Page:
Journal of the International Neuropsychological Society

Research Articles

Cognitive sequelae of blast-related versus other mechanisms of brain trauma


a1 Department of Mental Health and Behavioral Sciences, James A. Haley Veterans Hospital, Tampa, Florida

a2 Department of Psychology, University of South Florida, Tampa, Florida

a3 Defense and Veterans Brain Injury Center (DVBIC)

a4 Mid-Atlantic (VISN 6) Mental Illness Research, Education and Clinical Center (MIRECC), North Carolina, Virginia, West Virginia

a5 Department of Mental Health and Behavioral Sciences, Hefner Veterans Affairs Medical Center, Salisbury, North Carolina

a6 Department of Psychiatry and Behavioral Sciences, Wake Forest University School of Medicine, Winston-Salem, North Carolina

a7 Mental Health Service, McGuire Veterans Affairs Medical Center, Richmond, Virginia

a8 Department of Physical Medicine and Rehabilitation, Virginia Commonwealth University School of Medicine, Richmond, Virginia

a9 Mental Health Service, Durham Veterans Affairs Medical Center, Durham, North Carolina

a10 Department of Psychiatry and Behavioral Sciences, Duke University Medical Center, Durham, North Carolina


The use of improvised explosive devices has become the hallmark of modern warfare and has resulted in an ever-increasing number of blast-related traumatic brain injuries (TBIs). Despite this fact, very little is actually known about the cognitive sequelae of blast-related TBIs. The purpose of the current study was to compare patterns of performance on neuropsychological measures in subjects who have sustained TBIs as a result of blast (or explosion) with those who have sustained TBIs from non-blast or blunt force trauma (motor vehicle accident, fall, assault, etc.). Participants were categorized as blast-related TBI or non-blast-related TBI and according to severity of injury (mild or moderate-to-severe). No main effects were observed in analysis of covariance between blast-related TBI participants and non-blast-related TBI participants across any of the neuropsychological variables, although an interaction was observed on a visual memory test showing stronger performance for mild blast-related and poorer performance for moderate-to-severe blast-related participants compared with both non-blast groups. Overall, the results do not provide any strong evidence that blast is categorically different from other TBI mechanisms, at least with regard to cognitive sequelae on select measures. Additional findings included a marginally increased incidence of reported posttraumatic stress disorder symptoms among blast-injured participants. (JINS, 2009, 15, 1–8.)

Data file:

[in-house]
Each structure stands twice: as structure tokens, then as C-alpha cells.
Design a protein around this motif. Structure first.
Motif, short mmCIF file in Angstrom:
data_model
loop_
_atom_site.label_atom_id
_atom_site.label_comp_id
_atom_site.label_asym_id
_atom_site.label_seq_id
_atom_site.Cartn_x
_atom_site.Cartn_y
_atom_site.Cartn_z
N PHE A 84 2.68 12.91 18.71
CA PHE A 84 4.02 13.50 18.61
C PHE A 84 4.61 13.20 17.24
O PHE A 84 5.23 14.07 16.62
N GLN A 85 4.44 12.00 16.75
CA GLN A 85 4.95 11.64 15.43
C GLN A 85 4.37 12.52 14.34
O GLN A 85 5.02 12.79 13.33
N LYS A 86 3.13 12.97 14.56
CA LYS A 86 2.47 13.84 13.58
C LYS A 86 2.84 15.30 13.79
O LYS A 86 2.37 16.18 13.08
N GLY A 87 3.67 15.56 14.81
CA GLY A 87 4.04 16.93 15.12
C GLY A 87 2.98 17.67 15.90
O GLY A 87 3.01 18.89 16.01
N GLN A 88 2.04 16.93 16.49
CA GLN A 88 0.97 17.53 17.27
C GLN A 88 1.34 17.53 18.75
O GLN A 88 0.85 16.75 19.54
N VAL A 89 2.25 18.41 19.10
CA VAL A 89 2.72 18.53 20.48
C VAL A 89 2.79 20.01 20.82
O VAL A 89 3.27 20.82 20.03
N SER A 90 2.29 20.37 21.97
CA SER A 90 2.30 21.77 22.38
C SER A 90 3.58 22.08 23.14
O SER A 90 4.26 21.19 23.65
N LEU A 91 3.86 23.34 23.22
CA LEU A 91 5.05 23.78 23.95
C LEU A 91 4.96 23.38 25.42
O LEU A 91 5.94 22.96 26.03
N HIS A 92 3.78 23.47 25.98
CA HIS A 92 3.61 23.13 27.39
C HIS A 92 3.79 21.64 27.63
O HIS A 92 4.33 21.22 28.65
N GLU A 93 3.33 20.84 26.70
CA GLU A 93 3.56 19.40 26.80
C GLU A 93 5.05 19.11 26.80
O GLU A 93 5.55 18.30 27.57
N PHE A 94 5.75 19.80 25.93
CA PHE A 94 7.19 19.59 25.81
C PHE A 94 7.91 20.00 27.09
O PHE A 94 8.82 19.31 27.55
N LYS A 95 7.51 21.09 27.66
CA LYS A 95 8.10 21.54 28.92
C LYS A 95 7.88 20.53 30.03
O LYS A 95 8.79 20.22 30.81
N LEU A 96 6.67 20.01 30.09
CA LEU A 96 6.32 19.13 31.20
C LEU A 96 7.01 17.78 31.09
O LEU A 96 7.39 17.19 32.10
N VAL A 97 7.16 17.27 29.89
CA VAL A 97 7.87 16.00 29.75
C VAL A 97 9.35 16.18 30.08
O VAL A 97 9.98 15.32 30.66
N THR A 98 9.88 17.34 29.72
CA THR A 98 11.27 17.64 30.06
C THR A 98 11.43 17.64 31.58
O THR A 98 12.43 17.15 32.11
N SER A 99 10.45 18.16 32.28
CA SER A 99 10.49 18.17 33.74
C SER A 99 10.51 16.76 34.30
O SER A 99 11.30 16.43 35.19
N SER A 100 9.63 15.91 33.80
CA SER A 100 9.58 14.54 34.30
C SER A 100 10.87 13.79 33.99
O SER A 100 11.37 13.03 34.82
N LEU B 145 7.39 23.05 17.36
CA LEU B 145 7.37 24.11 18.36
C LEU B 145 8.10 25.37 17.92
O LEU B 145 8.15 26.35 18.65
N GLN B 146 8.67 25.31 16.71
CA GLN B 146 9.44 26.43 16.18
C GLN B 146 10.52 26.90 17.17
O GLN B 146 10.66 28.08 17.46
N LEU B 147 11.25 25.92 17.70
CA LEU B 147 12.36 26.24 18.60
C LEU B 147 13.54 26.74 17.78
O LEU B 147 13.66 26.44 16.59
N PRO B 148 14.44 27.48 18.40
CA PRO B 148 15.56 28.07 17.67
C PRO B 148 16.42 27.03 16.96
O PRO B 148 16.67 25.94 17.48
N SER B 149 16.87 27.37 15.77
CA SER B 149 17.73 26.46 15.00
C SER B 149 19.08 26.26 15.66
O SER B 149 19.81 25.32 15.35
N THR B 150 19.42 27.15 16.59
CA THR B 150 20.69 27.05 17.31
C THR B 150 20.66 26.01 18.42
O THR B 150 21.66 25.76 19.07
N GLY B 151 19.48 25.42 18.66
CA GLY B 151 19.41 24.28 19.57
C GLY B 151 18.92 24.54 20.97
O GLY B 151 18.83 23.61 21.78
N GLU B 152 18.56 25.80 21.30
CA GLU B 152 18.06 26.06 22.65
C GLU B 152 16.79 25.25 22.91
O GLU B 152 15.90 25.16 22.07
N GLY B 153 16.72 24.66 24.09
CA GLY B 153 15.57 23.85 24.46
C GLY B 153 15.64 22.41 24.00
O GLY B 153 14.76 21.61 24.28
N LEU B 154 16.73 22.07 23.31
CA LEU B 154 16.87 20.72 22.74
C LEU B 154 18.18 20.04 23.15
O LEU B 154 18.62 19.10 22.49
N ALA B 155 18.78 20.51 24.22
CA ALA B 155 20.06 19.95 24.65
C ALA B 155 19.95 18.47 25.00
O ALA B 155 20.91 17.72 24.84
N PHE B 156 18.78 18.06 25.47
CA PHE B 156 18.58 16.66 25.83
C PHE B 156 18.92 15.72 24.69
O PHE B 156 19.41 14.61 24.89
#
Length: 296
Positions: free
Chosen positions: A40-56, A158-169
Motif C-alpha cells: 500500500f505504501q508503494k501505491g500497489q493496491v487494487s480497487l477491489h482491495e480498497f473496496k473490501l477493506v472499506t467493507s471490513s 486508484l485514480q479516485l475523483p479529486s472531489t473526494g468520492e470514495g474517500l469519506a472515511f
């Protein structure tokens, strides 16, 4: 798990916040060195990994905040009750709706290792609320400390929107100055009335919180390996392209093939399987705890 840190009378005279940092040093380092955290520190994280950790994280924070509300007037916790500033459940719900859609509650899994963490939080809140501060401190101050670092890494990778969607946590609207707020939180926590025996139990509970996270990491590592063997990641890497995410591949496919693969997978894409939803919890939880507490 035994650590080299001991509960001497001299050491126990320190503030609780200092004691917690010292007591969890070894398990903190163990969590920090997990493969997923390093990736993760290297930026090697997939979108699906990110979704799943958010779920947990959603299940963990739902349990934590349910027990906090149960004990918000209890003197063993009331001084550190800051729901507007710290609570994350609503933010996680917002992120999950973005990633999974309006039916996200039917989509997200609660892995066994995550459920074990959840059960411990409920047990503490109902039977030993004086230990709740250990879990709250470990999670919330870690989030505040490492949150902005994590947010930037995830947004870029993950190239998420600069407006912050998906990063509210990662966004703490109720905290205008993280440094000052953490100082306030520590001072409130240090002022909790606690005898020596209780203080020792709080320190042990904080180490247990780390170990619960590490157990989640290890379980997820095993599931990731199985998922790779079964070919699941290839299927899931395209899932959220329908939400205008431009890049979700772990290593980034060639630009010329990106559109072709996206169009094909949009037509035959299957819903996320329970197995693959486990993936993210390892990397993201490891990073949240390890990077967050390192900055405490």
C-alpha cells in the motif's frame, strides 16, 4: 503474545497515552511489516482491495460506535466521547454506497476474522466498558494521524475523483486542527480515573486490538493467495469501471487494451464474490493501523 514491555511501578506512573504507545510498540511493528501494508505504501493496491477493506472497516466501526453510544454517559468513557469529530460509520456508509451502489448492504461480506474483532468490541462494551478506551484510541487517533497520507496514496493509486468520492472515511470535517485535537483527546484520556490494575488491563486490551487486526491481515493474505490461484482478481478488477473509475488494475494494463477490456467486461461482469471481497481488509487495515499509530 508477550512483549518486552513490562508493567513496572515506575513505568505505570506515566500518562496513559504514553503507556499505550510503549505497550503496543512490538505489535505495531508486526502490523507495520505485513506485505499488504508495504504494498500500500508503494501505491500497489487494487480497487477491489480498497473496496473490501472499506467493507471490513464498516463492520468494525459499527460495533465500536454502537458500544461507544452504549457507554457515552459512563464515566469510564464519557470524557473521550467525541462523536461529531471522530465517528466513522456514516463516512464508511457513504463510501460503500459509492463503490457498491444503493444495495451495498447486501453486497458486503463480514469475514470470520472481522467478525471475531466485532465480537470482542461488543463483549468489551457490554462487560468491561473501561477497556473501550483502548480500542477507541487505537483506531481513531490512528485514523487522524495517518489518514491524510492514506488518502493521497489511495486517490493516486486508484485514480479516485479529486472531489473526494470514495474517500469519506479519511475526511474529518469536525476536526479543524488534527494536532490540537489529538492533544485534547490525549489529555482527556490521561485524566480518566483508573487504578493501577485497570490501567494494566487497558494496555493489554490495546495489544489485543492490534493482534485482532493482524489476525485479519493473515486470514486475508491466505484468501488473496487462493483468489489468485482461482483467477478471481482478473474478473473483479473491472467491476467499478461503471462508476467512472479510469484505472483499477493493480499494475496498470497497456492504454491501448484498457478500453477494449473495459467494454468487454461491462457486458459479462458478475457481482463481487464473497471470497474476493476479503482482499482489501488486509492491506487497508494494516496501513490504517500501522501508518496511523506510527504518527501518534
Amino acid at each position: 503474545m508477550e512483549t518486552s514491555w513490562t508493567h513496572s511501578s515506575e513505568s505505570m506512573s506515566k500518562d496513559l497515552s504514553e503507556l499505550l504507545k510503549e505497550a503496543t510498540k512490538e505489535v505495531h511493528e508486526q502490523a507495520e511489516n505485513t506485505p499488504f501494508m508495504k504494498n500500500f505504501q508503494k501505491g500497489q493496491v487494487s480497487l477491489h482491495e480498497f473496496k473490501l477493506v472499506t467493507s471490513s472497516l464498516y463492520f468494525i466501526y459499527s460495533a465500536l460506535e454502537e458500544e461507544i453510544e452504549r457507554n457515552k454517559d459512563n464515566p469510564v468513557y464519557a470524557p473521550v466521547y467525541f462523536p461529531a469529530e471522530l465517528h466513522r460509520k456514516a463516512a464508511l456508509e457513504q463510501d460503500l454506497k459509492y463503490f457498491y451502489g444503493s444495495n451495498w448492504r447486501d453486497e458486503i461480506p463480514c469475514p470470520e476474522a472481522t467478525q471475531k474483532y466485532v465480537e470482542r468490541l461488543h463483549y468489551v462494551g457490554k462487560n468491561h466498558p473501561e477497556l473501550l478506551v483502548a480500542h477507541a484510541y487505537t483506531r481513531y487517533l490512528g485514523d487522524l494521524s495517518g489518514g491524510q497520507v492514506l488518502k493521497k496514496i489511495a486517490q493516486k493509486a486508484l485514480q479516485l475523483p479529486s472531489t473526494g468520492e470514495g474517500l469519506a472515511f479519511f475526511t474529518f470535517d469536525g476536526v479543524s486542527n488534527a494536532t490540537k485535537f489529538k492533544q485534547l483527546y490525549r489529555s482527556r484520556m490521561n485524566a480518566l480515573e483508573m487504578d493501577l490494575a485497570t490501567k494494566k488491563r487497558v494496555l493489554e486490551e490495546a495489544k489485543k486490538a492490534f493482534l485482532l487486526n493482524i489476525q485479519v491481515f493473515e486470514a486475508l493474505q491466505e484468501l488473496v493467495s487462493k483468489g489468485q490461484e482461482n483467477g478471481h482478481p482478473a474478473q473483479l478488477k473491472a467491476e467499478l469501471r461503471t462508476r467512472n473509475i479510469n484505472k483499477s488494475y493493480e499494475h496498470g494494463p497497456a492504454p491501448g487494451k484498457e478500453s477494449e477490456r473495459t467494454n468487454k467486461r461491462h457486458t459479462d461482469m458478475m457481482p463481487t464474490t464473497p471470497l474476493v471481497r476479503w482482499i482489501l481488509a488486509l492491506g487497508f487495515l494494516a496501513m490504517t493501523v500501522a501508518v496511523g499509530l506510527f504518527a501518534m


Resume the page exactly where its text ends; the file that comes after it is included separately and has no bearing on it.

(Received March 17 2008)

(Reviewed August 25 2008)

(Accepted August 28 2008)


c1 Correspondence and reprint requests to: Heather G. Belanger, James A. Haley Veterans Hospital Psychology Service, 116B 13000 Bruce B. Downs Boulevard, Tampa, Florida 33612. E-mail: